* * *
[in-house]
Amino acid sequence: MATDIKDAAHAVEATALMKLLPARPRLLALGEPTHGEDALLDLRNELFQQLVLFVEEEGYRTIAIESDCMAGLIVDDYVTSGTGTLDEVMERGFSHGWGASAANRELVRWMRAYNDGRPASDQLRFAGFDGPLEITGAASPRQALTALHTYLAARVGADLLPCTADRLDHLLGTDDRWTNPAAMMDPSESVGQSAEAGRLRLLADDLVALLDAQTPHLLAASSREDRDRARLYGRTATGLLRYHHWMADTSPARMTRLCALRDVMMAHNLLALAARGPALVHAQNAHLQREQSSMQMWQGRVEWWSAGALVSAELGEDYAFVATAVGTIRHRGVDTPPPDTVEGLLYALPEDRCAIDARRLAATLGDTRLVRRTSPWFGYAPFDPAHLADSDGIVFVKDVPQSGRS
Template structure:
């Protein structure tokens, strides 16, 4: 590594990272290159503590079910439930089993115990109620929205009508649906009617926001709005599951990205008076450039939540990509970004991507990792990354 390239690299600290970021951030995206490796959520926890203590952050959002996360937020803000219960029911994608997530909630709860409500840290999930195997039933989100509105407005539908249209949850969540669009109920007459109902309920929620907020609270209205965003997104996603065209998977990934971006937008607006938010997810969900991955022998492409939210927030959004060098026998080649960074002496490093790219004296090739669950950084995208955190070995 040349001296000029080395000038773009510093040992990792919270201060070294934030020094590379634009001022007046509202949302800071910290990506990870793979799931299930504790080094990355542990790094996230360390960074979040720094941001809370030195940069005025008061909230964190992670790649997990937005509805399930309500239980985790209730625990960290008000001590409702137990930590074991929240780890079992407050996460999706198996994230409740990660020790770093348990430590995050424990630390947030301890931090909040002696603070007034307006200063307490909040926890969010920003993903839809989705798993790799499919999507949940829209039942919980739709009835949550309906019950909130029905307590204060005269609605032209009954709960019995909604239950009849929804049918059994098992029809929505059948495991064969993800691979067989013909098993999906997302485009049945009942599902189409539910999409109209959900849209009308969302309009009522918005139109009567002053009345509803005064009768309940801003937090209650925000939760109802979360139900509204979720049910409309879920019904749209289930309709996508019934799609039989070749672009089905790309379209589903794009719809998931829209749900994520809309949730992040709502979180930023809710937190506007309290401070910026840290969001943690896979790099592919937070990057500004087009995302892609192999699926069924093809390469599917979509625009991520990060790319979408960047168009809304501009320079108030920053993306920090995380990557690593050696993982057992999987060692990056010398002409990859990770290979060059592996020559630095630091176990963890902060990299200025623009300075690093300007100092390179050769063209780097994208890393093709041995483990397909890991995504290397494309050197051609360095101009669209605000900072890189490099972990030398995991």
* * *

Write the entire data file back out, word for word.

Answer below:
[in-house]
Amino acid sequence: MATDIKDAAHAVEATALMKLLPARPRLLALGEPTHGEDALLDLRNELFQQLVLFVEEEGYRTIAIESDCMAGLIVDDYVTSGTGTLDEVMERGFSHGWGASAANRELVRWMRAYNDGRPASDQLRFAGFDGPLEITGAASPRQALTALHTYLAARVGADLLPCTADRLDHLLGTDDRWTNPAAMMDPSESVGQSAEAGRLRLLADDLVALLDAQTPHLLAASSREDRDRARLYGRTATGLLRYHHWMADTSPARMTRLCALRDVMMAHNLLALAARGPALVHAQNAHLQREQSSMQMWQGRVEWWSAGALVSAELGEDYAFVATAVGTIRHRGVDTPPPDTVEGLLYALPEDRCAIDARRLAATLGDTRLVRRTSPWFGYAPFDPAHLADSDGIVFVKDVPQSGRS
Template structure:
């Protein structure tokens, strides 16, 4: 590594990272290159503590079910439930089993115990109620929205009508649906009617926001709005599951990205008076450039939540990509970004991507990792990354 390239690299600290970021951030995206490796959520926890203590952050959002996360937020803000219960029911994608997530909630709860409500840290999930195997039933989100509105407005539908249209949850969540669009109920007459109902309920929620907020609270209205965003997104996603065209998977990934971006937008607006938010997810969900991955022998492409939210927030959004060098026998080649960074002496490093790219004296090739669950950084995208955190070995 040349001296000029080395000038773009510093040992990792919270201060070294934030020094590379634009001022007046509202949302800071910290990506990870793979799931299930504790080094990355542990790094996230360390960074979040720094941001809370030195940069005025008061909230964190992670790649997990937005509805399930309500239980985790209730625990960290008000001590409702137990930590074991929240780890079992407050996460999706198996994230409740990660020790770093348990430590995050424990630390947030301890931090909040002696603070007034307006200063307490909040926890969010920003993903839809989705798993790799499919999507949940829209039942919980739709009835949550309906019950909130029905307590204060005269609605032209009954709960019995909604239950009849929804049918059994098992029809929505059948495991064969993800691979067989013909098993999906997302485009049945009942599902189409539910999409109209959900849209009308969302309009009522918005139109009567002053009345509803005064009768309940801003937090209650925000939760109802979360139900509204979720049910409309879920019904749209289930309709996508019934799609039989070749672009089905790309379209589903794009719809998931829209749900994520809309949730992040709502979180930023809710937190506007309290401070910026840290969001943690896979790099592919937070990057500004087009995302892609192999699926069924093809390469599917979509625009991520990060790319979408960047168009809304501009320079108030920053993306920090995380990557690593050696993982057992999987060692990056010398002409990859990770290979060059592996020559630095630091176990963890902060990299200025623009300075690093300007100092390179050769063209780097994208890393093709041995483990397909890991995504290397494309050197051609360095101009669209605000900072890189490099972990030398995991």